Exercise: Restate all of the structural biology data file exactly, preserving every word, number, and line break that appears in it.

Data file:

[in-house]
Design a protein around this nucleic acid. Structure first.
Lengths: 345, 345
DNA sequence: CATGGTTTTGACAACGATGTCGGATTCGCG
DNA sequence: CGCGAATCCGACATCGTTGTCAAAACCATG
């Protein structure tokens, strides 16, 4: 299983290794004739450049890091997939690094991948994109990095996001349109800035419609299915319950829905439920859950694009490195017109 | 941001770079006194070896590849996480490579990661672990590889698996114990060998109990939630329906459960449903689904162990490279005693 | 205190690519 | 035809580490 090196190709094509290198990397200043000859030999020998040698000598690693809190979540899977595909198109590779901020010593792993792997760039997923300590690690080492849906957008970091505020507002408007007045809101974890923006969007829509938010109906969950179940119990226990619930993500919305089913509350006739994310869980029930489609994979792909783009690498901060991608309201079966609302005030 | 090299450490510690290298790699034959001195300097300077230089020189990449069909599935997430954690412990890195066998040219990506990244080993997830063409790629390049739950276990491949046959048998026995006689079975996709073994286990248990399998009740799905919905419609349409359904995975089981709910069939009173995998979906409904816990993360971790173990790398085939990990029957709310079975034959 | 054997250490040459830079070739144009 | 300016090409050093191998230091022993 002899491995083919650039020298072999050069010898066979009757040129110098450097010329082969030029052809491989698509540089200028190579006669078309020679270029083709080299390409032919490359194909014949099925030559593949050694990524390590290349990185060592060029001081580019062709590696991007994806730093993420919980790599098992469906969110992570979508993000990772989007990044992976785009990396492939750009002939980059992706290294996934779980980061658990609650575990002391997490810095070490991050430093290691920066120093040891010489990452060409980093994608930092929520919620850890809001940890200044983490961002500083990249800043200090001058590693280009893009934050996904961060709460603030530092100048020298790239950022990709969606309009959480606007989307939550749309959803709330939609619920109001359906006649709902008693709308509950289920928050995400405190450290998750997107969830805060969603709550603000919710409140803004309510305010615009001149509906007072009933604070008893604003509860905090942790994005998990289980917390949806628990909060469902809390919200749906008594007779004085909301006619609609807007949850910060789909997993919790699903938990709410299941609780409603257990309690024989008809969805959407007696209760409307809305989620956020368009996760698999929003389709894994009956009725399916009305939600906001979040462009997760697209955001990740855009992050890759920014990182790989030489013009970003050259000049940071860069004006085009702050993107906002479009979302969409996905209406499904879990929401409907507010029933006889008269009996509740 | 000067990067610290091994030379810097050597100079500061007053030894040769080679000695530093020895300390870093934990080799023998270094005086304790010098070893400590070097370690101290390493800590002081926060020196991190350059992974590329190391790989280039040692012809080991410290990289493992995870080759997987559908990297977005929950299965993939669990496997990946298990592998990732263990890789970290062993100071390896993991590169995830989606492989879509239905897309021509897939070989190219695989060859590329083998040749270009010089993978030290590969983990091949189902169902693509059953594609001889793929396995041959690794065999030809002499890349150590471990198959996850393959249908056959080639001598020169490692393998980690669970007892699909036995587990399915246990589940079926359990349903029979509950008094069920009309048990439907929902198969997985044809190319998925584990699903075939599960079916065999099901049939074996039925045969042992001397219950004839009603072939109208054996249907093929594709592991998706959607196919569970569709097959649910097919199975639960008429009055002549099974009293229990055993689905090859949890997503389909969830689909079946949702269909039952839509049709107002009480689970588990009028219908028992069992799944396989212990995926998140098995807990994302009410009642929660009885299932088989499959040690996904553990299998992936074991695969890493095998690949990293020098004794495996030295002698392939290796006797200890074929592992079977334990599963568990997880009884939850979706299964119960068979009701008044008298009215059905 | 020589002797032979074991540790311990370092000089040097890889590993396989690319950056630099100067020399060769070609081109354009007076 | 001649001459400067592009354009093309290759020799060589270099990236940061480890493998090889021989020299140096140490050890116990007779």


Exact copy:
[in-house]
Design a protein around this nucleic acid. Structure first.
Lengths: 345, 345
DNA sequence: CATGGTTTTGACAACGATGTCGGATTCGCG
DNA sequence: CGCGAATCCGACATCGTTGTCAAAACCATG
């Protein structure tokens, strides 16, 4: 299983290794004739450049890091997939690094991948994109990095996001349109800035419609299915319950829905439920859950694009490195017109 | 941001770079006194070896590849996480490579990661672990590889698996114990060998109990939630329906459960449903689904162990490279005693 | 205190690519 | 035809580490 090196190709094509290198990397200043000859030999020998040698000598690693809190979540899977595909198109590779901020010593792993792997760039997923300590690690080492849906957008970091505020507002408007007045809101974890923006969007829509938010109906969950179940119990226990619930993500919305089913509350006739994310869980029930489609994979792909783009690498901060991608309201079966609302005030 | 090299450490510690290298790699034959001195300097300077230089020189990449069909599935997430954690412990890195066998040219990506990244080993997830063409790629390049739950276990491949046959048998026995006689079975996709073994286990248990399998009740799905919905419609349409359904995975089981709910069939009173995998979906409904816990993360971790173990790398085939990990029957709310079975034959 | 054997250490040459830079070739144009 | 300016090409050093191998230091022993 002899491995083919650039020298072999050069010898066979009757040129110098450097010329082969030029052809491989698509540089200028190579006669078309020679270029083709080299390409032919490359194909014949099925030559593949050694990524390590290349990185060592060029001081580019062709590696991007994806730093993420919980790599098992469906969110992570979508993000990772989007990044992976785009990396492939750009002939980059992706290294996934779980980061658990609650575990002391997490810095070490991050430093290691920066120093040891010489990452060409980093994608930092929520919620850890809001940890200044983490961002500083990249800043200090001058590693280009893009934050996904961060709460603030530092100048020298790239950022990709969606309009959480606007989307939550749309959803709330939609619920109001359906006649709902008693709308509950289920928050995400405190450290998750997107969830805060969603709550603000919710409140803004309510305010615009001149509906007072009933604070008893604003509860905090942790994005998990289980917390949806628990909060469902809390919200749906008594007779004085909301006619609609807007949850910060789909997993919790699903938990709410299941609780409603257990309690024989008809969805959407007696209760409307809305989620956020368009996760698999929003389709894994009956009725399916009305939600906001979040462009997760697209955001990740855009992050890759920014990182790989030489013009970003050259000049940071860069004006085009702050993107906002479009979302969409996905209406499904879990929401409907507010029933006889008269009996509740 | 000067990067610290091994030379810097050597100079500061007053030894040769080679000695530093020895300390870093934990080799023998270094005086304790010098070893400590070097370690101290390493800590002081926060020196991190350059992974590329190391790989280039040692012809080991410290990289493992995870080759997987559908990297977005929950299965993939669990496997990946298990592998990732263990890789970290062993100071390896993991590169995830989606492989879509239905897309021509897939070989190219695989060859590329083998040749270009010089993978030290590969983990091949189902169902693509059953594609001889793929396995041959690794065999030809002499890349150590471990198959996850393959249908056959080639001598020169490692393998980690669970007892699909036995587990399915246990589940079926359990349903029979509950008094069920009309048990439907929902198969997985044809190319998925584990699903075939599960079916065999099901049939074996039925045969042992001397219950004839009603072939109208054996249907093929594709592991998706959607196919569970569709097959649910097919199975639960008429009055002549099974009293229990055993689905090859949890997503389909969830689909079946949702269909039952839509049709107002009480689970588990009028219908028992069992799944396989212990995926998140098995807990994302009410009642929660009885299932088989499959040690996904553990299998992936074991695969890493095998690949990293020098004794495996030295002698392939290796006797200890074929592992079977334990599963568990997880009884939850979706299964119960068979009701008044008298009215059905 | 020589002797032979074991540790311990370092000089040097890889590993396989690319950056630099100067020399060769070609081109354009007076 | 001649001459400067592009354009093309290759020799060589270099990236940061480890493998090889021989020299140096140490050890116990007779």